Beans –Runner -
Climbing – Climbing French.
As far as climbing
vegetable plants are concerned, beans must be about the most commonly
grown, but most people don’t appreciate how many different types
will happily grow here in Great Britain. Most beans need lots of
moisture to grow well, so it always a good idea to dig in lots of
humus into a trench, or under the row, before planting. Some new
varieties however, are being bred to be more tolerant of water
shortage thus enabling a good crop to be grown in adversely dry
Summers, or on poorer soils.
Traditionally the Runner bean was the favourite in the UK to be seen
on every allotment and the Climbing French bean, was favoured more on
the Continent. However, with better stocked vegetable counters in
supermarkets and the increasing interest in people growing their own
vegetables, there is now an enormous range of both varieties and types
available as seed.
Runner beans have always had a tendency to become stringy and tough if
left grow too big, although there are many varieties claiming to be
“Stringless.” Normally grown up 8 foot canes the plants tend to be
taller growing and more vigorous than French climbing beans which can
be grown on slightly shorter canes, although there are bush varieties
of French beans freely available as well. French beans are smaller and
rounder than Runners and even more expensive to buy as a vegetable
making them a very worthwhile crop to grow at home. French beans are a
more delicate bean than Runners, so there is no need to slice them
when cooking and cooking time is less as well. French beans also
freeze better than Runners. One popular colour variation frequently
seen is the Blue French bean. Available as both Climbers and Bush,
they look very different growing on the plants, but they do lose their
colour and turn green as soon as they are placed in boiling water.
There are many other types and varieties of non climbing beans that
can be grown including the old fashioned English favourite that is
often called the Kidney bean. Similar to the smaller Haricot bean, it
can be dried for use out of season as can the other old favourite, the
Broad bean and new, exotic import the Soya bean which now has strains
available that are more suitable to the vagaries of the British
Summer. Many of the beans that are meant to be dried, have pods that
can be eaten whole when young, before the beans develop inside, much
as you might with the garden Pea type called Mangetout.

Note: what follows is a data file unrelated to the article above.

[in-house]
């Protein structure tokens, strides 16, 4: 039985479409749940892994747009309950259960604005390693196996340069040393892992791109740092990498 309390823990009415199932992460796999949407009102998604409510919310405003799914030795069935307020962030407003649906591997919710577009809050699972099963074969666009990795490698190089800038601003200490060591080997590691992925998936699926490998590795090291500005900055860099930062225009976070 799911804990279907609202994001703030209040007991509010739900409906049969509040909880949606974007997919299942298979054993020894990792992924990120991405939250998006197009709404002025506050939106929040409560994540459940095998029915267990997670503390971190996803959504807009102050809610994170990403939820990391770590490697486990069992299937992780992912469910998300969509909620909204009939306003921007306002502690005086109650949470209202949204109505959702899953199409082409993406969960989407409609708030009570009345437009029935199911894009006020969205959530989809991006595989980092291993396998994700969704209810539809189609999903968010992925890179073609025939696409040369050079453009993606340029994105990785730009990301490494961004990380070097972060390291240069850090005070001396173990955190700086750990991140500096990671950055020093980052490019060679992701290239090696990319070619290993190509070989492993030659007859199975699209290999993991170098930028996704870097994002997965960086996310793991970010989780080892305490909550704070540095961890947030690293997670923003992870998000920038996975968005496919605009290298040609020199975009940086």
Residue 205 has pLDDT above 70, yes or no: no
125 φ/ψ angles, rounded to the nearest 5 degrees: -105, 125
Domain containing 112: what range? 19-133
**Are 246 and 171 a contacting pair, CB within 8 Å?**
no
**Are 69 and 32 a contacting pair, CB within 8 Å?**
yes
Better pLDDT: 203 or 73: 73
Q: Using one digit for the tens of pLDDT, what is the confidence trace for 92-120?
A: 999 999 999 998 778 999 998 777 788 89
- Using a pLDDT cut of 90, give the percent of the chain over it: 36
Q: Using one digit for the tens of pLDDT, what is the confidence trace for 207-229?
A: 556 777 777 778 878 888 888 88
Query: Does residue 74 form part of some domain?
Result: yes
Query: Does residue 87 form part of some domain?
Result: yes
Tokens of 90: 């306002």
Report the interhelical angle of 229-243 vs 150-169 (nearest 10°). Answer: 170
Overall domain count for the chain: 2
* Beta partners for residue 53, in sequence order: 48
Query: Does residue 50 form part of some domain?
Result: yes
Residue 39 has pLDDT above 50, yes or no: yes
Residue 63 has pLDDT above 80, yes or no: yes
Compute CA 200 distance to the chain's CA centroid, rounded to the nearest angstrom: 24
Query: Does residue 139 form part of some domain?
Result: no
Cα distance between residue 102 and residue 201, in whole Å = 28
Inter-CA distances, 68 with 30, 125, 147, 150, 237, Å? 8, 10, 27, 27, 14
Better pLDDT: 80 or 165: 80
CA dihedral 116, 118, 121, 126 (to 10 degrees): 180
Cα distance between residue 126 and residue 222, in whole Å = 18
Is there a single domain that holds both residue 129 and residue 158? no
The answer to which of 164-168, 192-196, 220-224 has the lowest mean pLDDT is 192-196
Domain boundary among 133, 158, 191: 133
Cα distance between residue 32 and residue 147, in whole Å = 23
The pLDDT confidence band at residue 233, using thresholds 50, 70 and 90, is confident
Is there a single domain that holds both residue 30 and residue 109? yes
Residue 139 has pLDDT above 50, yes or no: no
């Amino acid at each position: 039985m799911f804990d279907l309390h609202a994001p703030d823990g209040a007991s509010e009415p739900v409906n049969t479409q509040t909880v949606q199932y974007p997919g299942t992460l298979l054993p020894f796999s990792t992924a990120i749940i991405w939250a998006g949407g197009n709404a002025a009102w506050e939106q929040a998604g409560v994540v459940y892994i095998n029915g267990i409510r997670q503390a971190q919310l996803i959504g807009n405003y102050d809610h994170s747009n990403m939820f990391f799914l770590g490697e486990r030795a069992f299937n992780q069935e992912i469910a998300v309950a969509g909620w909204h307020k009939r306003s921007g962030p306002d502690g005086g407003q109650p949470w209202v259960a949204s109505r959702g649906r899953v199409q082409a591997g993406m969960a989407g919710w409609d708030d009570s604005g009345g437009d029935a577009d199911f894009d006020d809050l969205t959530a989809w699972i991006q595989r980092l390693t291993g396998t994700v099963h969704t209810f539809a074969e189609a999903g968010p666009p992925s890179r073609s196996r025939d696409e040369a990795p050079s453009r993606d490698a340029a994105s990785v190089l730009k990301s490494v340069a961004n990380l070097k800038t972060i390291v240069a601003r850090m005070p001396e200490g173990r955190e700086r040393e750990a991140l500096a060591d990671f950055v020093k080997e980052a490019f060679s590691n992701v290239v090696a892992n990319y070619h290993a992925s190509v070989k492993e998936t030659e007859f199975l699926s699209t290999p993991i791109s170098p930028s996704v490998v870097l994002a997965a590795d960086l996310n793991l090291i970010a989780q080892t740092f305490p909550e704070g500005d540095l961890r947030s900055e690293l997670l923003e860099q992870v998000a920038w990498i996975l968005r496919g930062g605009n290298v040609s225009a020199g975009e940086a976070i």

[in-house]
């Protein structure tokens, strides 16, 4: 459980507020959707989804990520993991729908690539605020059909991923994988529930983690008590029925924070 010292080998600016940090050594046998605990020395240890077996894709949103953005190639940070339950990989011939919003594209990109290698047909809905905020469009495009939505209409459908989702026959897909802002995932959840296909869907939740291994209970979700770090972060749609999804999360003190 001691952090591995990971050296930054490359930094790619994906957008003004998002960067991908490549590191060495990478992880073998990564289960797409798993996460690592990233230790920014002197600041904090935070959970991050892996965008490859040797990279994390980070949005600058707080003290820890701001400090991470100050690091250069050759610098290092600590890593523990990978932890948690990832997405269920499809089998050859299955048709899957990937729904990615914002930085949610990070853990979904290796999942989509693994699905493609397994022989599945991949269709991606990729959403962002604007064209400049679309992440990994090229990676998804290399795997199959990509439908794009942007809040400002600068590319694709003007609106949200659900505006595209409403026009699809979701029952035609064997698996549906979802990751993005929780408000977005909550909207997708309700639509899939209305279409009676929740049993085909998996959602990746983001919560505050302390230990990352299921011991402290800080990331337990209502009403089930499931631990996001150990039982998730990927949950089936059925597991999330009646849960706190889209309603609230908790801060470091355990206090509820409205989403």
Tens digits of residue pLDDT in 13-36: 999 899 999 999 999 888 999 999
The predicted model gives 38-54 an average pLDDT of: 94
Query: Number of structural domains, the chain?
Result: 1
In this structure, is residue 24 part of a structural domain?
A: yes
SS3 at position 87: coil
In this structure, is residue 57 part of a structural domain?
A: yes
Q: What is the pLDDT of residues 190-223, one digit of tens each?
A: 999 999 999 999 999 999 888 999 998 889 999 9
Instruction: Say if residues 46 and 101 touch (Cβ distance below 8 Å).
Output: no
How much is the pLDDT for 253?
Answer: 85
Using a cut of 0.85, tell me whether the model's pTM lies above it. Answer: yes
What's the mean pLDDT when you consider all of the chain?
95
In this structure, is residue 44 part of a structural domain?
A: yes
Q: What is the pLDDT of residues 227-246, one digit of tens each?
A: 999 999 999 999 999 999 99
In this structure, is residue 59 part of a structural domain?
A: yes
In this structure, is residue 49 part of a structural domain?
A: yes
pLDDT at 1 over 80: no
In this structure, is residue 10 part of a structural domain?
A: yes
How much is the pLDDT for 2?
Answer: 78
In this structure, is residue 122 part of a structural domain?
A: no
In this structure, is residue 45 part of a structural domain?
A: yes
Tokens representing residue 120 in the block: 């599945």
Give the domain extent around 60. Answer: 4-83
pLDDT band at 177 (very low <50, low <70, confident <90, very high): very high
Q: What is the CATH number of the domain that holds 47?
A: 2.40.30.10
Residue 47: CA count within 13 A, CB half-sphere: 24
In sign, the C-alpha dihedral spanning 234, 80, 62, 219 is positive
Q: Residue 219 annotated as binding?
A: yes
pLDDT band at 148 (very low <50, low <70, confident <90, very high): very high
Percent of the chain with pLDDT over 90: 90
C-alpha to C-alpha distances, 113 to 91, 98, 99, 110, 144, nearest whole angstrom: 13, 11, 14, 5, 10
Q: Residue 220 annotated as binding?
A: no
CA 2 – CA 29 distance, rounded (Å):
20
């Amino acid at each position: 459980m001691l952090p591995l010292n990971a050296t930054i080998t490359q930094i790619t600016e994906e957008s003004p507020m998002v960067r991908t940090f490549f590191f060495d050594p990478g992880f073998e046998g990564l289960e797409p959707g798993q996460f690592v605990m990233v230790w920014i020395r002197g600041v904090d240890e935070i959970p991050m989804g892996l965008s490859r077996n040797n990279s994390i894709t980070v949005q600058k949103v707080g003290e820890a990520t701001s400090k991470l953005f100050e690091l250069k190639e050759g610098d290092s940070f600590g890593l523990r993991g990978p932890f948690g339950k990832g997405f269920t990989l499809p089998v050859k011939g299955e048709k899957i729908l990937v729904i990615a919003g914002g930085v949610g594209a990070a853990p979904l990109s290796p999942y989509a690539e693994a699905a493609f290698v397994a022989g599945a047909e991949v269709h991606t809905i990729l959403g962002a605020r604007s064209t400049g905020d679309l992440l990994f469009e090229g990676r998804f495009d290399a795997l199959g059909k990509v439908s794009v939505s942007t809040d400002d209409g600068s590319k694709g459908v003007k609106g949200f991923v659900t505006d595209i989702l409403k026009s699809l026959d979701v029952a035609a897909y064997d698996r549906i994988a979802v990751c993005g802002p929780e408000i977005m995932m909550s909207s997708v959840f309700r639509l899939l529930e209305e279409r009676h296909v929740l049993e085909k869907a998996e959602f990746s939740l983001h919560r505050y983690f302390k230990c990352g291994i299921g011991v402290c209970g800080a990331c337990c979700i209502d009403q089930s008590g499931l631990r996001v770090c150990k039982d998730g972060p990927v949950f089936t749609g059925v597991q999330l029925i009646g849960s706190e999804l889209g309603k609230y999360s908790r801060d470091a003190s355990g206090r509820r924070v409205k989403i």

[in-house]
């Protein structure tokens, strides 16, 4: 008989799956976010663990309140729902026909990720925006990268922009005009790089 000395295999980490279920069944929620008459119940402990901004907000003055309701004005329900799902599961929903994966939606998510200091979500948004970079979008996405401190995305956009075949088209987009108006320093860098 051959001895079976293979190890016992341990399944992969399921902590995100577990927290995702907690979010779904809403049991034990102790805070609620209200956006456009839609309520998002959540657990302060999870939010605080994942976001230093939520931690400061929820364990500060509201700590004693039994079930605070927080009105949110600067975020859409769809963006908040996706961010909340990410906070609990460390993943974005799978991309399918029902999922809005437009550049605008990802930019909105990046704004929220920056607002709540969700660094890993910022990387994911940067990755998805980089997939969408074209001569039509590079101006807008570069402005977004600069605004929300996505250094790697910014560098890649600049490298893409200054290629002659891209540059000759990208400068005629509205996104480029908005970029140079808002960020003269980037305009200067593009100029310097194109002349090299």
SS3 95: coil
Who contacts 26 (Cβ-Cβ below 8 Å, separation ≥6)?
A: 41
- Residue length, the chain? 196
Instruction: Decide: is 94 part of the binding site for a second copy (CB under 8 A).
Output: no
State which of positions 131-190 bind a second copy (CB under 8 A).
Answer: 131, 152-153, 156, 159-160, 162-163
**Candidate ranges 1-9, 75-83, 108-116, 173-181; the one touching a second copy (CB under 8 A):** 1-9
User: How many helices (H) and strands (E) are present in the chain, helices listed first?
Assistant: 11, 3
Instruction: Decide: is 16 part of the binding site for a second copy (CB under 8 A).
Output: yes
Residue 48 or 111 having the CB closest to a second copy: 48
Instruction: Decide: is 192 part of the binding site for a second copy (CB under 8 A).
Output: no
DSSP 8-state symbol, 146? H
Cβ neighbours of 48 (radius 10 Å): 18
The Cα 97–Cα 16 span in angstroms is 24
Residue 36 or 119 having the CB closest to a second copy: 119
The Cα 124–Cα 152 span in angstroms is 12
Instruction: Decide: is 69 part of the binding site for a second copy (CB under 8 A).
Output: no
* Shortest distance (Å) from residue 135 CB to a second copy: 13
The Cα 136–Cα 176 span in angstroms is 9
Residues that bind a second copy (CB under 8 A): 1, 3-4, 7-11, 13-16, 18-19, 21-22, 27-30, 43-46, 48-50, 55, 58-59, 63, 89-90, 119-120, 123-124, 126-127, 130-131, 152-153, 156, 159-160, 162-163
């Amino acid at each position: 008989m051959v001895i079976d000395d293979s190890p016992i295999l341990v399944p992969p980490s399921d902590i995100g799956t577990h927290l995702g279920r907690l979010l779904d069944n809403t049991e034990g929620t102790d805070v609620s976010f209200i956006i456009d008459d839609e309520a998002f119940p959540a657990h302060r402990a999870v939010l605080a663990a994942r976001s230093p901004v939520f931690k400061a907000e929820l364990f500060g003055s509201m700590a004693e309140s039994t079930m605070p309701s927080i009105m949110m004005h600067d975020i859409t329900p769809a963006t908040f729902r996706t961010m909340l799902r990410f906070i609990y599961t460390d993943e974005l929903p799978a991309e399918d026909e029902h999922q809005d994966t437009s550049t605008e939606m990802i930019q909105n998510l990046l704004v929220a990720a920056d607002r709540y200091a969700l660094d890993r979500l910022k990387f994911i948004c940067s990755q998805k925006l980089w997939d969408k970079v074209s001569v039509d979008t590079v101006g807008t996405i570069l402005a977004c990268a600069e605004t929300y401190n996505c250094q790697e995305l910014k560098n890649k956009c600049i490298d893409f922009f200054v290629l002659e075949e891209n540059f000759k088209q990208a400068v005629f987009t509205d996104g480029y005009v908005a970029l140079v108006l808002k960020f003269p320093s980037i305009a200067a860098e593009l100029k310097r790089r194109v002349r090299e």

A few of the Haricot type beans are occasionally also available as
Climbing varieties and along with some other climbing beans, have
interesting colour variations including reds and yellows.
Another interesting aspect that is being developed with climbing
beans, are the flowers. Runner beans have always had quite big, red,
flowers, but now strains are being created with flowers of other
colours, so that plants can be put at the back of flower borders to
give height to the flower display and the added bonus of a good crop
of edible beans for the kitchen as well.
All beans are Legumes that as such have Nitrogen fixing nodules, which
develop on their root systems. Nitrogen is an important chemical for
the growth of plants. It is in the air around all plants, but they
cannot use it unless it is in the right form, or chemical compound.
The bean family “Fix,” it in the soil as a compound thus making it
available for other plants to use and beans are therefore an essential
plant to be grown as part of any planned crop rotation.
Crop rotation will also help prevent some of the many soil borne
problems that can affect the different types of beans and good soil
management will help discourage weevils and beetles. Bean Mosiac Virus
can also be a problem and can be completely avoided by selecting a
particular variety of bean that has been bred to be resistant to it.
Other problems that affect certain types of beans more than others
include Black aphids and mice who will go straight for freshly sown
beans in the soil before they have had chance to germinate.